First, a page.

Obituary: Sir David Frost
Sir David Frost was a household name, a man who became a broadcasting legend on both sides of the Atlantic.
He began his career at the cutting edge of television satire and went on to interview some of the most famous people of his generation, becoming friends with many of them on the way.
He developed the confrontational style dubbed "trial by television" although, in later years, his interviews lost something of their cutting edge.
David Paradine Frost was born in Tenterden in Kent on 7 April 1939, the son of a Methodist minister.
The young David did set out on a course of training to become a local preacher before abandoning the idea.
He also turned down the offer of professional terms with Nottingham Forest and went to Cambridge University where he read English and edited the university magazine, Granta.
More importantly he became secretary of the Footlights Dramatic Club where he met future comedy stars such as Eleanor Bron, Peter Cook, John Bird and Graham Chapman.
During his time as an undergraduate, he also made a few appearances on regional television, and later noted: "The first time I stepped into a television studio it felt like home.
"It didn't scare me. Talking to the camera seemed the most natural thing in the world".
That Was The Week That Was
After leaving Cambridge he worked as a trainee for the London ITV franchisee Associated Rediffusion before moving to a job at another ITV company, Anglia Television.
In 1962, the writer and producer Ned Sherrin approached Frost to host a new satirical television programme being planned by the BBC, That Was The Week That Was.
TW3, as it became known, gleefully lampooned the British establishment and tapped into the changing perception the public had of politicians in the wake of the Profumo scandal.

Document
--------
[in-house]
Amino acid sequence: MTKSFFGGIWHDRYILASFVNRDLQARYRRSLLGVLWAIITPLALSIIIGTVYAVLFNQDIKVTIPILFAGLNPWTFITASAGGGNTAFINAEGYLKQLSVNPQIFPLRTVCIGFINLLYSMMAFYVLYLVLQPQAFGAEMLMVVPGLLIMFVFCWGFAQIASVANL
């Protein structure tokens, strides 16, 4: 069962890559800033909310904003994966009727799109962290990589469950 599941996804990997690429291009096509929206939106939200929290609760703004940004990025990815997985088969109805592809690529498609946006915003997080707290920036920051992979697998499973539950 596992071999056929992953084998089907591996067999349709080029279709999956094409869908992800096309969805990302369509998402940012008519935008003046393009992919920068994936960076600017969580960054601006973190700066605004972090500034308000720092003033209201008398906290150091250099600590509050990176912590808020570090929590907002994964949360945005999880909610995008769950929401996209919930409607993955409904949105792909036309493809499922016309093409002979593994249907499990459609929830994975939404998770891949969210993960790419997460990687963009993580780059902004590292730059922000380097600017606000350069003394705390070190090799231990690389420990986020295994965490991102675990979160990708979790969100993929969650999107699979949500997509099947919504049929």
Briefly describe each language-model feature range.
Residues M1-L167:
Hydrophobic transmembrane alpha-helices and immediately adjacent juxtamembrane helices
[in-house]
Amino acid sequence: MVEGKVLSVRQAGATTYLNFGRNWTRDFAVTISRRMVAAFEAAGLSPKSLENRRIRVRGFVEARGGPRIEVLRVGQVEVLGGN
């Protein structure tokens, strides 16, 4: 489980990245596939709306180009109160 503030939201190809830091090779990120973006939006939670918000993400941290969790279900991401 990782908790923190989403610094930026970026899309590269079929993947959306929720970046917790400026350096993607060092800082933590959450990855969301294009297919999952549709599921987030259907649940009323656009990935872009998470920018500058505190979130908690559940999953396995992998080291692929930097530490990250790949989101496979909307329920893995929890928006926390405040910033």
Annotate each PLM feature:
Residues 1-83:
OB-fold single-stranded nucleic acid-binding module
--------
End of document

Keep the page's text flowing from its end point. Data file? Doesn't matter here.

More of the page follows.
The programme struck a chord with a nation that had, until then, been naturally deferential towards its leaders.
No target was safe, with politicians, business leaders and religion being just some of the subjects that came under the TW3 microscope.
Frost's sardonic presentational style was coupled with an acerbic script from a team of writers which included John Bird, Peter Cook, John Cleese, Keith Waterhouse and Dennis Potter.
TW3 also broke all the technical rules of television. Cameras and other equipment appeared in shot and the programme, broadcast live on a Saturday night, would often over- or under-run depending on how much material was available on the night.
Politicians regularly complained to BBC management that they were being ridiculed by David Frost and his team. But the programme gained a massive following and soon achieved cult status.
Trial by television
The BBC finally dropped the programme in 1964 over concern that it would unduly influence voters in that year's general election.
Frost was back a year later fronting another Sherrin production, Not So Much A Programme, More A Way Of Life. The show was not as successful as TW3 and was dropped after just one series.
Sherrin later noted that "David always learns from his mistakes without ever actually admitting that he's made any".
Frost said the observation was "amazingly true, actually... because I do analyse what I do and try and improve it, and I don't share that with anybody."
His next series, The Frost Report, brought together John Cleese, Ronnie Barker and Ronnie Corbett, notably in the famous class sketch, ran for 29 episodes and featured scripts written by some of the best comedy writers of their generation.
It inarguably set the tone of British comedy for the next decade, launching the careers of the The Two Ronnies, The Monty Python team and The Goodies.
By now Frost had developed his catchphrase, "hello, good evening and welcome", which was to become much mimicked.
After the Frost Report he moved back to Rediffusion where he fronted The Frost Programme, a series of in-depth interviews with leading figures from the worlds of politics and entertainment.
Interviewees included The Beatles, Mick Jagger, Orson Welles, Tennessee Williams and Noel Coward, while Prince Charles was interviewed on the eve of his investiture as Prince of Wales.
In 1967 Frost interviewed the notorious fraudster, Emil Savundra, whose string of failed insurance companies left thousands of his clients without cover or their money.
Savundra, who was obviously expecting an easy ride, was taken aback by the force of Frost's questioning and the presenter became increasingly frustrated by his guest's evasive manner.
The Frost Programme was the first current affairs programme to use a participating audience and Frost was roundly applauded as he stormed off the set, still visibly angry at Savundra.